Petersburg. Talks will be held at 11 am, 1 pm and 3 pm.
Admission is free. For more information call the park at
The Exchange Hotel Civil War Museum in Gordonsville will
feature its popular annual program of medical living
history. This reenactment of a Civil War hospital will be
held at the hotel that was converted into a wartime medical
facility. For more information call the museum at
540-832-2944 or visit its website, www.hgiexchange.org.
June 26 & 28
Blandford Cemetery will be the focus of two programs being
presented by the Petersburg National Battlefield Park.
"Stories in Stone: A Tale of Two Cemeteries" and "Every
Tombstone is a Biography" will be the topics of discussion
on Thursday and Saturday nights respectively. Both events
are free and begin at 7 pm at Blandford Church in
Petersburg. For information call 804-732-3531.
A special anniversary program and living history will be
among the events taking place over the weekend at the Gaines
Mill battlefield off Route 156. Activities include walking
tours, rifle demonstrations and an encampment of Union
infantry. Friday night's program is free and begins at 7
pm. Events take place between 10 am and 5 pm on Saturday
and from 10 am to 4 pm Sunday. For more information contact
the Richmond National Battlefield Park at 804-226-1861 or
log on to www.nps.gov/rich.
News from the Richmond Battlefields Association
The Richmond Battlefields Association (RBA) will hold its
annual tour and meeting on Saturday, June 14. Dr. Richard
Sommers, author of Richmond Redeemed, will speak and sign
books at 1:00 pm at the Varina Episcopal Church on 2835 Mill
Road at Route 5. The talk will be followed by a tour of the
RBA's newly acquired land at Fort Harrison. Admission is
free, donations are appreciated.
The association is seeking to raise funds by participating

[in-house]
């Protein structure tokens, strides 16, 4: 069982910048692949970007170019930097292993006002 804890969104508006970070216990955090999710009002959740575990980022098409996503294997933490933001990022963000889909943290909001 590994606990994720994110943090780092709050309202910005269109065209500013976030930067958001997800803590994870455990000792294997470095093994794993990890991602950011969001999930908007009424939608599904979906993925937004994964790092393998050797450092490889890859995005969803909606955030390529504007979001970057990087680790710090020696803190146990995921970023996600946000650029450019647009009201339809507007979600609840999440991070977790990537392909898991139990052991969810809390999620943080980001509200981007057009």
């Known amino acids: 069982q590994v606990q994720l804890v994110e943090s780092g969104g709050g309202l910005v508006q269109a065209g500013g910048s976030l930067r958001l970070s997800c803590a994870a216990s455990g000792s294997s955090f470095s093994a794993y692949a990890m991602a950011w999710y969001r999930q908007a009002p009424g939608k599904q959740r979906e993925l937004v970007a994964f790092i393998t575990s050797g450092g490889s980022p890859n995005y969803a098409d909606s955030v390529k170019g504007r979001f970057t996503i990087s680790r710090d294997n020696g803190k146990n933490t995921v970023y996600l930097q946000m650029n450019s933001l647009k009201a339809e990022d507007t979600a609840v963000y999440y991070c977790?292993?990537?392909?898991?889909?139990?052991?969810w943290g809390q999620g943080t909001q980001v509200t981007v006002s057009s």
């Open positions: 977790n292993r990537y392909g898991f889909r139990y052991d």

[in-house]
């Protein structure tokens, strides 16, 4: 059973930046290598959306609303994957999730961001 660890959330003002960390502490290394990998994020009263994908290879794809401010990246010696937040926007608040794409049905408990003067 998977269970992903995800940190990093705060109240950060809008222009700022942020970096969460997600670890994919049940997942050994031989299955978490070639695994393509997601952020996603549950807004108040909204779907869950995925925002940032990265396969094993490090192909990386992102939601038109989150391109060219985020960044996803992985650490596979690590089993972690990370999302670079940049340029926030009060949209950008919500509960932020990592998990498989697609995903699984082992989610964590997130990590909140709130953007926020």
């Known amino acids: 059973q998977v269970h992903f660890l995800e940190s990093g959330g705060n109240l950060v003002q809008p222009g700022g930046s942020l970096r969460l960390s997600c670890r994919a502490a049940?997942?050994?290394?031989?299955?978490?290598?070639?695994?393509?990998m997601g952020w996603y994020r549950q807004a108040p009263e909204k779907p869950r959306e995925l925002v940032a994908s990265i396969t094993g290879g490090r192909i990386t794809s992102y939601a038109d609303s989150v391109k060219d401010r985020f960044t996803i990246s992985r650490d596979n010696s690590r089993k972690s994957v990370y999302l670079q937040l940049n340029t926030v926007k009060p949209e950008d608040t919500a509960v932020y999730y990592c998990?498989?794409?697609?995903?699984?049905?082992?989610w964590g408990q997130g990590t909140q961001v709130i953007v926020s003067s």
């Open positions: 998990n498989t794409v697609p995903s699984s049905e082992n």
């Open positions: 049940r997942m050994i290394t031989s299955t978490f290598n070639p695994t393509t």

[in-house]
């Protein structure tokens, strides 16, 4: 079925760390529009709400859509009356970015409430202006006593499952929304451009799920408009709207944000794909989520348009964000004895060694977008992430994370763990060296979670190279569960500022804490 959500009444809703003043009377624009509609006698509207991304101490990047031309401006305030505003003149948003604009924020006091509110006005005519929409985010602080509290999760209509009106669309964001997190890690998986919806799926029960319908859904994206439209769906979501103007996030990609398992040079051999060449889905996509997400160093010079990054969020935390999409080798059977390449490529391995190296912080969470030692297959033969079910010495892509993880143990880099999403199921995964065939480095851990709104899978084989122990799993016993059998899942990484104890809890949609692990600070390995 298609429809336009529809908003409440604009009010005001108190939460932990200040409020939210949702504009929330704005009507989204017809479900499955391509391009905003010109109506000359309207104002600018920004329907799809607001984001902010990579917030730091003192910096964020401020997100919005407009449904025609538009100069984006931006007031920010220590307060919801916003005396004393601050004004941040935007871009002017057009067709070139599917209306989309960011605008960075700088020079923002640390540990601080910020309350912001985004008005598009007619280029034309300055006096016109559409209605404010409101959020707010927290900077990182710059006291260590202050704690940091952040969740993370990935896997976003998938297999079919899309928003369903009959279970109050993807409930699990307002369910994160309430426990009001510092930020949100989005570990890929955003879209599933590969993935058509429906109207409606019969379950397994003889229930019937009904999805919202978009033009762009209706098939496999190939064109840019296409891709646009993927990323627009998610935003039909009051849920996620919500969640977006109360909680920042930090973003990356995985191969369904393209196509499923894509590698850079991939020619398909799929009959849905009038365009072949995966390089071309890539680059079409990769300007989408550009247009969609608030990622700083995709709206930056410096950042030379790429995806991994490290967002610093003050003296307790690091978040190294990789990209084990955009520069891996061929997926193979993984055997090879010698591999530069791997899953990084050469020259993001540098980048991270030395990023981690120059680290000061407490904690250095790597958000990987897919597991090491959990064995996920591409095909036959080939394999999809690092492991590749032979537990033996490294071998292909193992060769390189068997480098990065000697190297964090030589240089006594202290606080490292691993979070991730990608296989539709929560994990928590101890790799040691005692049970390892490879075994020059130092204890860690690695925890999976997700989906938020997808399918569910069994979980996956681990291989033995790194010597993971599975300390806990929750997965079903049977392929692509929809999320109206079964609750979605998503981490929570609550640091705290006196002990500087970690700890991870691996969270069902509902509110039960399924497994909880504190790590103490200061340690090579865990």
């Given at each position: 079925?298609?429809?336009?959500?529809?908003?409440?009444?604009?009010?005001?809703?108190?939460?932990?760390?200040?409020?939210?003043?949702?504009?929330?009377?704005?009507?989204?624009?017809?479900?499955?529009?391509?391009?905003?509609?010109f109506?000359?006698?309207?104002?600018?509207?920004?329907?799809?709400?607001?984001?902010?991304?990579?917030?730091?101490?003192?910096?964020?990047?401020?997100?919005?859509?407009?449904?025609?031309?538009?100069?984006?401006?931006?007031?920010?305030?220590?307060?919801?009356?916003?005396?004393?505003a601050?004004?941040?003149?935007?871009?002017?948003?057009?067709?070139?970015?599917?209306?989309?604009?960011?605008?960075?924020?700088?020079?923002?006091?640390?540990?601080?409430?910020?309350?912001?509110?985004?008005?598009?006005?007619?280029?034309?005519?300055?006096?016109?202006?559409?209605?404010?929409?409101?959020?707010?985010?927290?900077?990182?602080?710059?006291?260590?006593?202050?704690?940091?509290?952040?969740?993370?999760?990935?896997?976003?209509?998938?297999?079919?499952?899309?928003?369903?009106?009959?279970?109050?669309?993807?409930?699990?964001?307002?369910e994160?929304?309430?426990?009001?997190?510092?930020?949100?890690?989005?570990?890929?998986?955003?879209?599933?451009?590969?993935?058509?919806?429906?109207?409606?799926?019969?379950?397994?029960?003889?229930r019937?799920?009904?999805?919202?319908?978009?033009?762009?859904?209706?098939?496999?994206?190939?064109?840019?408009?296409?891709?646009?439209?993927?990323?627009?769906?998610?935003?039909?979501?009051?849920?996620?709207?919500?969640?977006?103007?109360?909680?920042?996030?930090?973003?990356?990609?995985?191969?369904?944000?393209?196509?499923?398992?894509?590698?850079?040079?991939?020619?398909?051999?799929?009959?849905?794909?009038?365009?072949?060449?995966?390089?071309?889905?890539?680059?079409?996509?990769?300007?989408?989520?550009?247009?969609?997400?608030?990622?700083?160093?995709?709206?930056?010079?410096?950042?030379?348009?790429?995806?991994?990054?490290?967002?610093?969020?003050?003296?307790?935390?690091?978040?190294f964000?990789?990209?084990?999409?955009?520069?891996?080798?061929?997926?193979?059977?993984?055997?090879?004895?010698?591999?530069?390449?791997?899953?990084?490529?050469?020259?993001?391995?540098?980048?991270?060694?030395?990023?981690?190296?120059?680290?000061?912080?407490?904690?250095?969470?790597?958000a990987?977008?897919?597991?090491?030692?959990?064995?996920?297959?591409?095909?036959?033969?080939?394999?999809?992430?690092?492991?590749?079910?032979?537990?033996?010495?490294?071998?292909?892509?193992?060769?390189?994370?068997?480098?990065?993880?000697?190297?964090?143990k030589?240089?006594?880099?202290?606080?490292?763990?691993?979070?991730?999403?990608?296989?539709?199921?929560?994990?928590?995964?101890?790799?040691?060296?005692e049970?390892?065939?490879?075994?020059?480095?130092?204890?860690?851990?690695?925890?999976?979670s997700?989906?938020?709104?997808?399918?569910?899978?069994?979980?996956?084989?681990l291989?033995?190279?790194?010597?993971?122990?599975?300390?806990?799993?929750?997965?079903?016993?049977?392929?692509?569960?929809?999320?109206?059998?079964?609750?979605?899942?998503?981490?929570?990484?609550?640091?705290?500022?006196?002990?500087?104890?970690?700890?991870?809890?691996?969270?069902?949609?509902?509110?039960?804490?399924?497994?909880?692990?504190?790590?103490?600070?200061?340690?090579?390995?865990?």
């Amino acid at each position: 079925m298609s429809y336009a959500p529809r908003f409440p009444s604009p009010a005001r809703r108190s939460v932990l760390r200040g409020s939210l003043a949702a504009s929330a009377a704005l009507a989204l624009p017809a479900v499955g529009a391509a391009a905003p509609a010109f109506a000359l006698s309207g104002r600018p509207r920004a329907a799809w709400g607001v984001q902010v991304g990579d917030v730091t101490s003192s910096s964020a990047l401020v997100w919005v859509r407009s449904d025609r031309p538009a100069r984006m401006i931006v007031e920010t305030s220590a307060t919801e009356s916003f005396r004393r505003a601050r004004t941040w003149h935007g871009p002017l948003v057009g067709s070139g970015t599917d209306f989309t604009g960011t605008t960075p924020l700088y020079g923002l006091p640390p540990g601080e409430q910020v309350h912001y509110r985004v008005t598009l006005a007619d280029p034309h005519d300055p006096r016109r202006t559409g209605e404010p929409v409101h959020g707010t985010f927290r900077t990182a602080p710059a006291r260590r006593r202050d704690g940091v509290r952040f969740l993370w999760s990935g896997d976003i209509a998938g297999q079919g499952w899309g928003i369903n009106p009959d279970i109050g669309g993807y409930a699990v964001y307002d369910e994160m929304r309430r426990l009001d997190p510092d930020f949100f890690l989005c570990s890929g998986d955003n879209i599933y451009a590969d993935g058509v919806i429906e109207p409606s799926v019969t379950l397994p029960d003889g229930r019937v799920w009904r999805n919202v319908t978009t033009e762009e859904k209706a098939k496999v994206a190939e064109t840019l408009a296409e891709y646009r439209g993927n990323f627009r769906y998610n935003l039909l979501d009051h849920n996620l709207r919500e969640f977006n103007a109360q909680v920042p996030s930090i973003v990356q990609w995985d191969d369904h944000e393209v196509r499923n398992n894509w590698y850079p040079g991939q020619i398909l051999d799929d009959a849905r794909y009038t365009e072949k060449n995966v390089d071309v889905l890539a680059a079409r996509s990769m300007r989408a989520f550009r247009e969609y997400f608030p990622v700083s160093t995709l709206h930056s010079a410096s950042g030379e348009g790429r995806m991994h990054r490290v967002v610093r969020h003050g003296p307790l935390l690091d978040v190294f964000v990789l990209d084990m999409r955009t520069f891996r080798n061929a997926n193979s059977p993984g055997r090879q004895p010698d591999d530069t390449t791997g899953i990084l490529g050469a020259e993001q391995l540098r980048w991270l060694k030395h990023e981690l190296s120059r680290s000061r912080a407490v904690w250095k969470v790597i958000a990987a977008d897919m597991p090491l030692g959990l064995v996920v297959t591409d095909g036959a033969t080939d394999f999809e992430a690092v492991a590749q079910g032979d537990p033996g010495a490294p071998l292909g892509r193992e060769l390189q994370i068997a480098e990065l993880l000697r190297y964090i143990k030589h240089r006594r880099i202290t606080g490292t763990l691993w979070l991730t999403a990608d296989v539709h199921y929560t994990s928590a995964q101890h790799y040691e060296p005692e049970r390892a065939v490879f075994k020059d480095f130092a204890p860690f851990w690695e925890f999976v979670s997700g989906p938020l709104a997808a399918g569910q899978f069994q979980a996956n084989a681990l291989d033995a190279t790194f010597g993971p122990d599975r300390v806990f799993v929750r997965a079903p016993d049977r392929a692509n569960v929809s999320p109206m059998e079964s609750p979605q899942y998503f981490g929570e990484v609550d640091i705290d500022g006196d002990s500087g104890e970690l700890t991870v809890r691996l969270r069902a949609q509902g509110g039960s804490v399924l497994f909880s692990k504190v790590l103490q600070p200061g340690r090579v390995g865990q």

in the Ukrop's Golden Gift Certificate program. Ukrop's
mailed certificates to customers in early May. The RBA will
collect as many of these certificates as possible. The
association will receive a donation by turning these
certificates back in to Ukrop's. The amount of the donation
is to be determined by the number of certificates collected.
You can help support the RBA by bringing your certificates
to the June meeting of the RCWRT. You may also mail your
88 West Square Dr.
Richmond, VA 23233
The RBA is a non-profit organization working to preserve
local battlefields. Information about the association may
be found its website, www.saverichmondbattlefields.org.
To facilitate the printing and timely distribution of the
monthly newsletter, information for it should be submitted
to the editors no later than the following dates:
July newsletter, June 20
August newsletter, July 25
September newsletter, August 22
October newsletter, September 26
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Information may be emailed to email@example.com
RCWRT Monthly Speakers for 2003
Richmond Civil War Round Table Newsletter
Rob Monroe, Editor
2416 Edenbrook Dr.
Richmond, VA 23228-3040